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11-10-16 — Mid-November 2016 Awards

Nov. 10, 2016

Counselor and Principal Honored by the KSCA

Ravenwood Elementary School counselor Karen Thompson was named one of three finalists for the 2016-17 Kansas School Counselor of the Year awards program by the Kansas School Counselor Association (KSCA). The KSCA Outstanding Counselor of the Year state finalists were recognized on Nov. 3 at the 67th Annual Fall School Counseling Conference held at Emporia State University.

In addition, Arbor Creek Elementary School Principal Melanie DeMoss was recognized with the KSCA Principal Advocate Award. This award is designed to recognize the unique contributions of the school administrator in working with the school counselor to maximize the impact of the school counseling program in serving students and families. She was one of three principals to earn the recognition this year in Kansas.

Community Blood Center Honor

The Olathe Northwest High School Student Council was recognized yet again by the Community Blood Center as a Top Organization for the outstanding success of its blood drive. The group has earned this honor five of the past six years. Kathy Ingles and Carol Toburen are the ONW Student Council sponsors. Bessie Bauman is the Student Council president.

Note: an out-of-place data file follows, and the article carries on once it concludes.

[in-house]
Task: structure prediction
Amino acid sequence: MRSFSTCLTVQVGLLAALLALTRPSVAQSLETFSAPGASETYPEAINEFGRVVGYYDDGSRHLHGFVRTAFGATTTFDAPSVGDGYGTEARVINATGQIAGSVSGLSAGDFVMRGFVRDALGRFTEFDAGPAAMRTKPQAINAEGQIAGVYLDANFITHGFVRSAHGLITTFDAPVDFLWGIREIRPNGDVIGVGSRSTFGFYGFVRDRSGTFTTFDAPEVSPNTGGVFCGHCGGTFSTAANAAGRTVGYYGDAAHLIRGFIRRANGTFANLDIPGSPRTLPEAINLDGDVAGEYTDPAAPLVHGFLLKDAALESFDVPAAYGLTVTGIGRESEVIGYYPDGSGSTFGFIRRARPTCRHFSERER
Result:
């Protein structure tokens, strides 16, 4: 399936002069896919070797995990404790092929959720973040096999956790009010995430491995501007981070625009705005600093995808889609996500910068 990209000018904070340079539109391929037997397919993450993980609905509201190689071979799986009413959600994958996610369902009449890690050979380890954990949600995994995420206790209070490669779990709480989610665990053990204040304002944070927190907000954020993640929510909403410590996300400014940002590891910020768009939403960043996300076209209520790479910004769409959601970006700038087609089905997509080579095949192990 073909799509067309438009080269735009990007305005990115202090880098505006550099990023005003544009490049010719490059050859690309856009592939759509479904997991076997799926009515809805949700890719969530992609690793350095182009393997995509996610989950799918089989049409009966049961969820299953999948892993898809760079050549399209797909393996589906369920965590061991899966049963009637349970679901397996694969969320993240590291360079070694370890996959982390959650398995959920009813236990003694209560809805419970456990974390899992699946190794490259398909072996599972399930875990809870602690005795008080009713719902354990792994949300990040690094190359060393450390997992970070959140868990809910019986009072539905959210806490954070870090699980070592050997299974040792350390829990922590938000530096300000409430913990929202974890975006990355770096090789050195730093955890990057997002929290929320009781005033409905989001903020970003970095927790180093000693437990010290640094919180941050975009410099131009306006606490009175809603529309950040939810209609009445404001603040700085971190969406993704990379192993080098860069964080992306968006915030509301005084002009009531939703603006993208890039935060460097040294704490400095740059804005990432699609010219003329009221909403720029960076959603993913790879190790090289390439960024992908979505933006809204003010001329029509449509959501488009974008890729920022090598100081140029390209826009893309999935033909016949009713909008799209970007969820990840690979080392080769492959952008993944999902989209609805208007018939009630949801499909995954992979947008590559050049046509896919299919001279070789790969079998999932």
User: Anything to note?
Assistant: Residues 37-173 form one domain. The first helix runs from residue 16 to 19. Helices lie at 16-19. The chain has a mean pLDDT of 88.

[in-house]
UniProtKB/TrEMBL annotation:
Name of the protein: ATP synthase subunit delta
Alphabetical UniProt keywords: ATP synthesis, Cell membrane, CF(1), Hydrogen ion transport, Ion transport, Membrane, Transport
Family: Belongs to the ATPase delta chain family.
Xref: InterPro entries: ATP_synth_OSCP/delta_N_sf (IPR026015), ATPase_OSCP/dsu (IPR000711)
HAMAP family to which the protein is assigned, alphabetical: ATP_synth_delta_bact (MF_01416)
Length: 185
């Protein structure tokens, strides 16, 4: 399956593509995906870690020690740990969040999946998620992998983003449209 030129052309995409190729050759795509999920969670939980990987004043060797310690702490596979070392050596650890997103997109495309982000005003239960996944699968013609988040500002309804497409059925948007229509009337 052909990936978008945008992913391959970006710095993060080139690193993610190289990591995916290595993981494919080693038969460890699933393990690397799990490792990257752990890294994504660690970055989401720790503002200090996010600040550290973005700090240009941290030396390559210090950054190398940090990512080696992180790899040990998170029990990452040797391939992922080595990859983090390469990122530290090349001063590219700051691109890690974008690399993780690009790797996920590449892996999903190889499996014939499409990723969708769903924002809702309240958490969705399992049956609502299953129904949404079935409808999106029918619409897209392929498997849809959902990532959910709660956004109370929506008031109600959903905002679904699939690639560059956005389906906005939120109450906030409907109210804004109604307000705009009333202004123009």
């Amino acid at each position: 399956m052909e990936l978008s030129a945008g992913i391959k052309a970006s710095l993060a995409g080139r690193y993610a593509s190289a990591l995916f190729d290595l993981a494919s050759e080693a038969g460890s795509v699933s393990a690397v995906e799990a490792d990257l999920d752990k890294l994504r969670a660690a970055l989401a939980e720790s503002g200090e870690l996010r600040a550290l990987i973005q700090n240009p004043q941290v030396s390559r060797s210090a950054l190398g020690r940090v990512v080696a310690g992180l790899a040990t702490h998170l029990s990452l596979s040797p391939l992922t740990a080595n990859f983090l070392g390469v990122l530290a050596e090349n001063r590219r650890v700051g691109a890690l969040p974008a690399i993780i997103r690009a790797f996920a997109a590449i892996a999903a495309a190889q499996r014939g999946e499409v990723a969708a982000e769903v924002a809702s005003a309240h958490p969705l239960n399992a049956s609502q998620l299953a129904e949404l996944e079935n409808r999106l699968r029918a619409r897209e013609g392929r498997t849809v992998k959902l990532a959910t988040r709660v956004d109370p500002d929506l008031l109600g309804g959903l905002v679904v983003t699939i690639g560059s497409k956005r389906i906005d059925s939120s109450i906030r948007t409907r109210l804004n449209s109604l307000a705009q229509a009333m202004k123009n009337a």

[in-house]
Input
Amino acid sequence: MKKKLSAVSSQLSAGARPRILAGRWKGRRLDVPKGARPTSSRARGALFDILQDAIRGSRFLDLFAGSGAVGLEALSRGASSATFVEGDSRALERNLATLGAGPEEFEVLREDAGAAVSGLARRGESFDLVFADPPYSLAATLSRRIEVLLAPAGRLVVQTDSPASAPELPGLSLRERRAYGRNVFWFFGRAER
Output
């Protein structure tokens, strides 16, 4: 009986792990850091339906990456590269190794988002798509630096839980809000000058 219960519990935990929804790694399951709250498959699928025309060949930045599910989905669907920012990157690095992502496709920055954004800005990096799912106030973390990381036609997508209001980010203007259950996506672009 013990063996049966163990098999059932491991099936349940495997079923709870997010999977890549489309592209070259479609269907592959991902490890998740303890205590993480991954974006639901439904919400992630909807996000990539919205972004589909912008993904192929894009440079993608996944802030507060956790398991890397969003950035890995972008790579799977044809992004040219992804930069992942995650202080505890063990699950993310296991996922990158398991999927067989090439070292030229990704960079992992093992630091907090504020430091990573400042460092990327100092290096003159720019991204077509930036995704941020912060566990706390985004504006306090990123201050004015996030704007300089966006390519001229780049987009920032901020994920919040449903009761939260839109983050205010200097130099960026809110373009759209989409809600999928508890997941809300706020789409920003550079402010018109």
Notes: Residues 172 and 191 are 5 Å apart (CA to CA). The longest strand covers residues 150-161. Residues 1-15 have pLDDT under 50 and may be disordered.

During the 2015-16 school year, 610 pints of blood were collected at three blood drives. The next blood drive will be on Nov. 11.

Generous Donation Benefits OATC

Thanks to a generous gift from Jon and Christi Stewart, the Welding program at the Olathe Advanced Technical Center (OATC) will have a new Power Bending/Rolling machine.

The $10,000 gift will purchase a GMC Heavy Duty Power Plate Bending Rolls machine, materials, and prep work for the OATC facility to accommodate the equipment.

The Welding program at the OATC provides classroom instruction and shop activities utilizing a variety of processes, techniques and equipment to prepare students for the American Welding Society Welder Certification Program. One hundred percent of the welding students in the OATC program either are placed in welding jobs or go on to earn advanced vocational training in welding. By training students in welding, a skill for which there is a drastic shortage of skilled workers, local manufacturers and machinists can count on a pool of applicants for hard-to-fill positions.